South Korean dark comedy Parasite takes home another major award

Han Jin Won, a Writers Guild Award co-nominee with Bong Joon Ho for Original Screenplay for the film
Han Jin Won, a Writers Guild Award co-nominee with Bong Joon Ho for Original Screenplay for the film "Parasite," shows off the poster for the film on his phone at the 2020 Writers Guild Awards at the Beverly Hilton, Saturday, Feb. 1, 2020, in Beverly Hills, Calif. (AP Photo/Chris Pizzello)

South Korean dark comedy Parasite continues to build momentum ahead of the Oscars after winning another major award.

The annual Writers Guild Awards honoured the year’s best scripts in concurrent ceremonies in Beverly Hills and New York on Saturday.

Parasite director Bong Joon-Ho and his co-writer Han Jin-Won picked up the best original screenplay prize, winning in a category also featuring Sir Sam Mendes’s war epic 1917, with the pair widely considered rivals for the best picture Oscar.

Bong Joon-ho
Bong Joon-ho has been recognised at the Writers Guild Awards for his film Parasite (Richard Shotwell/Invision/AP)

Parasite has already picked up gongs at the Golden Globes and Screen Actors Guild Awards, and it took the top prize at the Cannes Film Festival.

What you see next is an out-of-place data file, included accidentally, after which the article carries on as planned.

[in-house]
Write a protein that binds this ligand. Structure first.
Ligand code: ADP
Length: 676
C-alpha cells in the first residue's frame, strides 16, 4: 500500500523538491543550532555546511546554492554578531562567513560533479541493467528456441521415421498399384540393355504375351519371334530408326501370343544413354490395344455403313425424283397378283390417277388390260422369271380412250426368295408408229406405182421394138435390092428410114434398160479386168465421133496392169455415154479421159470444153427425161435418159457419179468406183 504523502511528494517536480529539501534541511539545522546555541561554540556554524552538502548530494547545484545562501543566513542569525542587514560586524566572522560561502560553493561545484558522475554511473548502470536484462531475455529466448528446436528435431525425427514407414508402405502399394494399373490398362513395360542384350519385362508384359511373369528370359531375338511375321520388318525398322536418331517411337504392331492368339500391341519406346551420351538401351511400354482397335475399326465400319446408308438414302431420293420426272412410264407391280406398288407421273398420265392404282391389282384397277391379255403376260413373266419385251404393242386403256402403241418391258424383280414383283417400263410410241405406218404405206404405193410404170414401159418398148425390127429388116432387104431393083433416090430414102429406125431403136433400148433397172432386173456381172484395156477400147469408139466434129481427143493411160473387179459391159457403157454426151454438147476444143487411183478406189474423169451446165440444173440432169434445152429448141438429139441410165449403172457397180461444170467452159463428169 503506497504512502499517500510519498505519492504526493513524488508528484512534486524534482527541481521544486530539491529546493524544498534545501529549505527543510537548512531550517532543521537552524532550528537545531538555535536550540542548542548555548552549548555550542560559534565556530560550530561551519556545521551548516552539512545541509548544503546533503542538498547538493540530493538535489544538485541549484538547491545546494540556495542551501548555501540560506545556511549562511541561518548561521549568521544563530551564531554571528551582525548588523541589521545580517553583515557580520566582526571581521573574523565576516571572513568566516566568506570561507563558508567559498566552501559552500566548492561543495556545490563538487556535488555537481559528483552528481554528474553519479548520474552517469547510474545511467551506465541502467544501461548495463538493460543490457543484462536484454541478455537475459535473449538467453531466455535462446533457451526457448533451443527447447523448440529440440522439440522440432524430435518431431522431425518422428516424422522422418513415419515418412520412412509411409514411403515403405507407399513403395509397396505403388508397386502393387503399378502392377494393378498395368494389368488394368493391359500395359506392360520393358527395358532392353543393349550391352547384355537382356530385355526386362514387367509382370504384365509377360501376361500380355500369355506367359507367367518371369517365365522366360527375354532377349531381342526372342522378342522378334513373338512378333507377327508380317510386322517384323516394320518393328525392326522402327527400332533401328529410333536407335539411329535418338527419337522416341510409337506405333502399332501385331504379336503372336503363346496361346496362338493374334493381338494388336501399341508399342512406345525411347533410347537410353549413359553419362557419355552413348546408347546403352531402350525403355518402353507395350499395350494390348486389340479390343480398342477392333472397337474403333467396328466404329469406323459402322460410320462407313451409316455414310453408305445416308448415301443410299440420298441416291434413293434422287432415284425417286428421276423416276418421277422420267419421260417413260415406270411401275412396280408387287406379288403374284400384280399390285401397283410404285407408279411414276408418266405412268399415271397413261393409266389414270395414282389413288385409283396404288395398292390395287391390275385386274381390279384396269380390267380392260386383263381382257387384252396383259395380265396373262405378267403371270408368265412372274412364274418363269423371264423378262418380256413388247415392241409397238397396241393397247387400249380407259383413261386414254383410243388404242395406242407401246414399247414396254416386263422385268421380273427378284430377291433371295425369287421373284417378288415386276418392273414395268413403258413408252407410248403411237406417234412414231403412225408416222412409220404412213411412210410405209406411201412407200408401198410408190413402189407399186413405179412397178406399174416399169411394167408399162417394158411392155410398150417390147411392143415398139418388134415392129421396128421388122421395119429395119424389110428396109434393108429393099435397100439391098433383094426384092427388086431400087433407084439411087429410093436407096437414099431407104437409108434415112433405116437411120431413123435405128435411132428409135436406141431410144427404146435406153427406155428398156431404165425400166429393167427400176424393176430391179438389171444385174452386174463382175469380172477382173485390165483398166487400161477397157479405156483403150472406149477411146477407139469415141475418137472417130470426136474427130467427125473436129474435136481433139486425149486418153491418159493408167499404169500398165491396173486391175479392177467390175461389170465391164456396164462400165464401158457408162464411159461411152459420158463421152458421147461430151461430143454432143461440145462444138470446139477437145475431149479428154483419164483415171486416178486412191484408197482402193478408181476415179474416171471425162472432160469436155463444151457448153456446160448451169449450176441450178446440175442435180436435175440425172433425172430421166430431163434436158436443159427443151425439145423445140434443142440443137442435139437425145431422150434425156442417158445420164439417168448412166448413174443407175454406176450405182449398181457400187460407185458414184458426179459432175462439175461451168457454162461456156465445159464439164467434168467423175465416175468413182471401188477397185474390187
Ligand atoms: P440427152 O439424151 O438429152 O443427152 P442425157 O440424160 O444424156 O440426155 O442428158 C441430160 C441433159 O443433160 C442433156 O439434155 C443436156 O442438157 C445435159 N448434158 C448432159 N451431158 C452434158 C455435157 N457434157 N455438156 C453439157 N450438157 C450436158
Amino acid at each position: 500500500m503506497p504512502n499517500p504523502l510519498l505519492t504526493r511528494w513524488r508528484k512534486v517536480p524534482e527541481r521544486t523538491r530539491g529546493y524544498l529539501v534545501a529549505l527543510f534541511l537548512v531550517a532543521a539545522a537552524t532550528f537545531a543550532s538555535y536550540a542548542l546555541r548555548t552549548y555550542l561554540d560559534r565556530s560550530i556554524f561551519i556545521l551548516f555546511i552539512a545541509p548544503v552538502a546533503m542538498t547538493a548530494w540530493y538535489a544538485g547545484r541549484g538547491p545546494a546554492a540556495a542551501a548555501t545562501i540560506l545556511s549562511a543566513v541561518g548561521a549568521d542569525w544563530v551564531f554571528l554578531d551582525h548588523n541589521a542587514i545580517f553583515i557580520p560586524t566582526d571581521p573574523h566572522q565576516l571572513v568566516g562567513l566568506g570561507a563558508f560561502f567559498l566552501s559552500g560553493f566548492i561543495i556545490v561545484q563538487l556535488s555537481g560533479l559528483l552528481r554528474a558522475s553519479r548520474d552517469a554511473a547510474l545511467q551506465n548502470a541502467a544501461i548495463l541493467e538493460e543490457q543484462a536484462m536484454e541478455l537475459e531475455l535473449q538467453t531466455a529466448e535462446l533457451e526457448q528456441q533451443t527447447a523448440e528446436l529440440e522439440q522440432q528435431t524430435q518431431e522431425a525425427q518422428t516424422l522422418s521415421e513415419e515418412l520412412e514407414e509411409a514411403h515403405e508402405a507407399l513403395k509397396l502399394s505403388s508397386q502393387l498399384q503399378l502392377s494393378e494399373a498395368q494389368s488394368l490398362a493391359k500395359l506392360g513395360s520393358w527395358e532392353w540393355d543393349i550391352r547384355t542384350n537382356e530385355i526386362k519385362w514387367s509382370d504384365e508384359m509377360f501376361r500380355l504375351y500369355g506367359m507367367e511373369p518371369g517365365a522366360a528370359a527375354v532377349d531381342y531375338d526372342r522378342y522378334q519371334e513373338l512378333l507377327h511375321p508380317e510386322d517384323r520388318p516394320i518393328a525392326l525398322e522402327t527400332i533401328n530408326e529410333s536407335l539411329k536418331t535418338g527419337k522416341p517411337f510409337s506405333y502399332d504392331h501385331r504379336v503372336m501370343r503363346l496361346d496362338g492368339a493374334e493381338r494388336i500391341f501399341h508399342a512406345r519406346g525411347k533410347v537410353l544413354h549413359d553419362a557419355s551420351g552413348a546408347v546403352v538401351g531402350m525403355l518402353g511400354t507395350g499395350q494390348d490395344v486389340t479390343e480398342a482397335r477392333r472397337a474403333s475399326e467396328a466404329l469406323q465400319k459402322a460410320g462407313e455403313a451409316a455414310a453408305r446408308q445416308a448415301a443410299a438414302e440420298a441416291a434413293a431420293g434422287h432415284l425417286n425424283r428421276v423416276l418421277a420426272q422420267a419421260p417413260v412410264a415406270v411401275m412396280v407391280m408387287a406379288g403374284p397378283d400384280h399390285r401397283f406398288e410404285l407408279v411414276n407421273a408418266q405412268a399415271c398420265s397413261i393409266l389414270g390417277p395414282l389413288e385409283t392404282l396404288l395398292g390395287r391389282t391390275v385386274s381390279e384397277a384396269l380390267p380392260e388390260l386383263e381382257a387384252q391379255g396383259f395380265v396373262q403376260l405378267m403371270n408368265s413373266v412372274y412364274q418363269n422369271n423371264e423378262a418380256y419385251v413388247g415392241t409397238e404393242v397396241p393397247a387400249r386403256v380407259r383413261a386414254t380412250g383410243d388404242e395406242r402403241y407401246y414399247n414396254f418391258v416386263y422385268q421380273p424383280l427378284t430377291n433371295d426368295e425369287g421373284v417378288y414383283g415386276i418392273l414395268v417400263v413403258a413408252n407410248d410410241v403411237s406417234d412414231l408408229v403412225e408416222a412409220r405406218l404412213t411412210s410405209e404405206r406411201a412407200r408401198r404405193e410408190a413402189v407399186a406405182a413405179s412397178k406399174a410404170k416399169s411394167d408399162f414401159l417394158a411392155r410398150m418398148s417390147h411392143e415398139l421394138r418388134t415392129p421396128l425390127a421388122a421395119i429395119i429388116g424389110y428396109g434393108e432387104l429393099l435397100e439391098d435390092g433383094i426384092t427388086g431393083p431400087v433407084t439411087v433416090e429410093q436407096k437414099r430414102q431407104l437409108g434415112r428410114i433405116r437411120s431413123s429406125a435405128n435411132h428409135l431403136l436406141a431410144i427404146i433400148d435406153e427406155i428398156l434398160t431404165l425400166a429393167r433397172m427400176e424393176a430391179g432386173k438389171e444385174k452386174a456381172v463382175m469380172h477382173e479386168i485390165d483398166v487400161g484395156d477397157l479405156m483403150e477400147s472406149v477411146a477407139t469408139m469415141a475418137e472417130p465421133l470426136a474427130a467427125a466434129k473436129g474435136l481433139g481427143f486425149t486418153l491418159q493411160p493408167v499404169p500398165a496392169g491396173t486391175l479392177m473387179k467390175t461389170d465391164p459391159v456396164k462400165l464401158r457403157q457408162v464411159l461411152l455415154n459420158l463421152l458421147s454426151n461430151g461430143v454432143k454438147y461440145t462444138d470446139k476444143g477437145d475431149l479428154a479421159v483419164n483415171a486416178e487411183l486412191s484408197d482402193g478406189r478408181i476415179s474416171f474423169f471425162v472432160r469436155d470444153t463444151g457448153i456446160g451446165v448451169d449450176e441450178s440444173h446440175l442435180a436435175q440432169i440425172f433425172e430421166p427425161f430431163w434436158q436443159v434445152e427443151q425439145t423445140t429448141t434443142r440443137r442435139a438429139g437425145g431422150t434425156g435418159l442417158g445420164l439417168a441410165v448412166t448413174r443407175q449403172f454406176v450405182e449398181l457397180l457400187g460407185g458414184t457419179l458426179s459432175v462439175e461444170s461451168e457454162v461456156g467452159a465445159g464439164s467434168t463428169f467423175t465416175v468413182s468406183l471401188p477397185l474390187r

Despite being a foreign language film, long seen as an insurmountable hurdle to winning the top prize at the Academy Awards, Parasite is a major contender ahead of the February 9 ceremony.

It is also nominated for four Baftas, including best film.

Elsewhere at the WGAs, the other major film award, best adapted screenplay, was won by New Zealander Taika Waititi for his comedy drama Jojo Rabbit.

In the TV categories, dark comedy Barry was named best comedy series while Chernobyl won best original long form.

Succession, HBO’s acclaimed drama, took home the prizes for outstanding drama series and episodic drama.

Netflix comedy Dead To Me was named best episodic comedy while HBO and Sky’s Chernobyl won best original long form.

The winner of adapted long form went to the writers of Fosse/Verdon and Alex Gibney’s The Inventor: Out for Blood In Silicon Valley was named the year’s best documentary screenplay.

Many of the winners could not be at the ceremony at the Beverly Hilton Hotel, opting to either attend the east coast event or to be in London for Sunday’s Baftas.

As is customary for the non-televised awards shows, the WGAs had a largely irreverent tone and featured jokes about the college admissions scandal, Nazis and the Writers Guild’s ongoing war with Hollywood talent agencies.

A handful of honorary awards were handed out.

Nancy Meyers, director of films including The Parent Trap, What Women Want and Something’s Gotta Give, received the Laurel Award for screenwriting achievement.

Prolific TV producer Brad Falchuk, who is married to Gwyneth Paltrow, received the Valentine Davies award and paid tribute to his wife in his acceptance speech.

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